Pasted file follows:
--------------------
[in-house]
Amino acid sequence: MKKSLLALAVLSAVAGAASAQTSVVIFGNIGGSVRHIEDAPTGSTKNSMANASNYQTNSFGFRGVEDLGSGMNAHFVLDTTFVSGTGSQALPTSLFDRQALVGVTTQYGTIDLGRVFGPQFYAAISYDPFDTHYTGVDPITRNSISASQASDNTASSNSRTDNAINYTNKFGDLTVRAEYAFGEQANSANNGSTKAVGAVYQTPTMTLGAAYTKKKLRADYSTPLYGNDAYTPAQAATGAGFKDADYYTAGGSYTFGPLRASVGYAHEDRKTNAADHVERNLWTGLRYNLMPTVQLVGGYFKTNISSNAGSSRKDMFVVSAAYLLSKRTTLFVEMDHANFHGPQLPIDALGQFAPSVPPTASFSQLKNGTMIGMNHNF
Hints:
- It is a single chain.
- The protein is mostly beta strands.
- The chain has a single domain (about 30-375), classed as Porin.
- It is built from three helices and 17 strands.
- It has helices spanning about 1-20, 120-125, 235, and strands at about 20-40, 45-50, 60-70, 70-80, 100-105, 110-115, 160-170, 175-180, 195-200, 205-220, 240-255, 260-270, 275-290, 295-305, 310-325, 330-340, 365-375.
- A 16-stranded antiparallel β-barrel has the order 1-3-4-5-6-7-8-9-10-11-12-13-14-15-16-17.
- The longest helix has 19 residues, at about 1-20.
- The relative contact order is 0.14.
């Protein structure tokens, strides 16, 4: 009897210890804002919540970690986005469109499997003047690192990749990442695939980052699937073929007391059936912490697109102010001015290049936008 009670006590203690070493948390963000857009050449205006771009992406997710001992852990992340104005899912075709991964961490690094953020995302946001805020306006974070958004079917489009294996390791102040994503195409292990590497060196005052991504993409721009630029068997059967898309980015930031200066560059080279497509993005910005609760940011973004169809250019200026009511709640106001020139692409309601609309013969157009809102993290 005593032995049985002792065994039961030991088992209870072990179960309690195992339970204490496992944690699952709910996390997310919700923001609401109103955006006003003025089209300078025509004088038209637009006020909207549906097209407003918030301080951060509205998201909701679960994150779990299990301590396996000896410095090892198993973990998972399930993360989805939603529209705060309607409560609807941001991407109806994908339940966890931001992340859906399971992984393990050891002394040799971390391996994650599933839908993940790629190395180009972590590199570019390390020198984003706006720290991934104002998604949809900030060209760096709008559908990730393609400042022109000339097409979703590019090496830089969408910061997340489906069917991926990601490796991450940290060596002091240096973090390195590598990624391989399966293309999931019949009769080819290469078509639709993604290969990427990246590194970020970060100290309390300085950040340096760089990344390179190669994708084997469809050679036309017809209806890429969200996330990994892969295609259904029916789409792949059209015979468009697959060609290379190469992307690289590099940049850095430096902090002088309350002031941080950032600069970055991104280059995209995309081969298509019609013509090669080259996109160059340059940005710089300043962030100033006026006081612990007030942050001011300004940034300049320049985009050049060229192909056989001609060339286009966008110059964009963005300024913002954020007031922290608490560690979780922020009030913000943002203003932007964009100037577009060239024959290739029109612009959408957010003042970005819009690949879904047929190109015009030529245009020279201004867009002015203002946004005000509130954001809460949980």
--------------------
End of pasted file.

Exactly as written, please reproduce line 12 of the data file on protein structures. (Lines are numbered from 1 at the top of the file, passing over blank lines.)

């Protein structure tokens, strides 16, 4: 009897210890804002919540970690986005469109499997003047690192990749990442695939980052699937073929007391059936912490697109102010001015290049936008 009670006590203690070493948390963000857009050449205006771009992406997710001992852990992340104005899912075709991964961490690094953020995302946001805020306006974070958004079917489009294996390791102040994503195409292990590497060196005052991504993409721009630029068997059967898309980015930031200066560059080279497509993005910005609760940011973004169809250019200026009511709640106001020139692409309601609309013969157009809102993290 005593032995049985002792065994039961030991088992209870072990179960309690195992339970204490496992944690699952709910996390997310919700923001609401109103955006006003003025089209300078025509004088038209637009006020909207549906097209407003918030301080951060509205998201909701679960994150779990299990301590396996000896410095090892198993973990998972399930993360989805939603529209705060309607409560609807941001991407109806994908339940966890931001992340859906399971992984393990050891002394040799971390391996994650599933839908993940790629190395180009972590590199570019390390020198984003706006720290991934104002998604949809900030060209760096709008559908990730393609400042022109000339097409979703590019090496830089969408910061997340489906069917991926990601490796991450940290060596002091240096973090390195590598990624391989399966293309999931019949009769080819290469078509639709993604290969990427990246590194970020970060100290309390300085950040340096760089990344390179190669994708084997469809050679036309017809209806890429969200996330990994892969295609259904029916789409792949059209015979468009697959060609290379190469992307690289590099940049850095430096902090002088309350002031941080950032600069970055991104280059995209995309081969298509019609013509090669080259996109160059340059940005710089300043962030100033006026006081612990007030942050001011300004940034300049320049985009050049060229192909056989001609060339286009966008110059964009963005300024913002954020007031922290608490560690979780922020009030913000943002203003932007964009100037577009060239024959290739029109612009959408957010003042970005819009690949879904047929190109015009030529245009020279201004867009002015203002946004005000509130954001809460949980």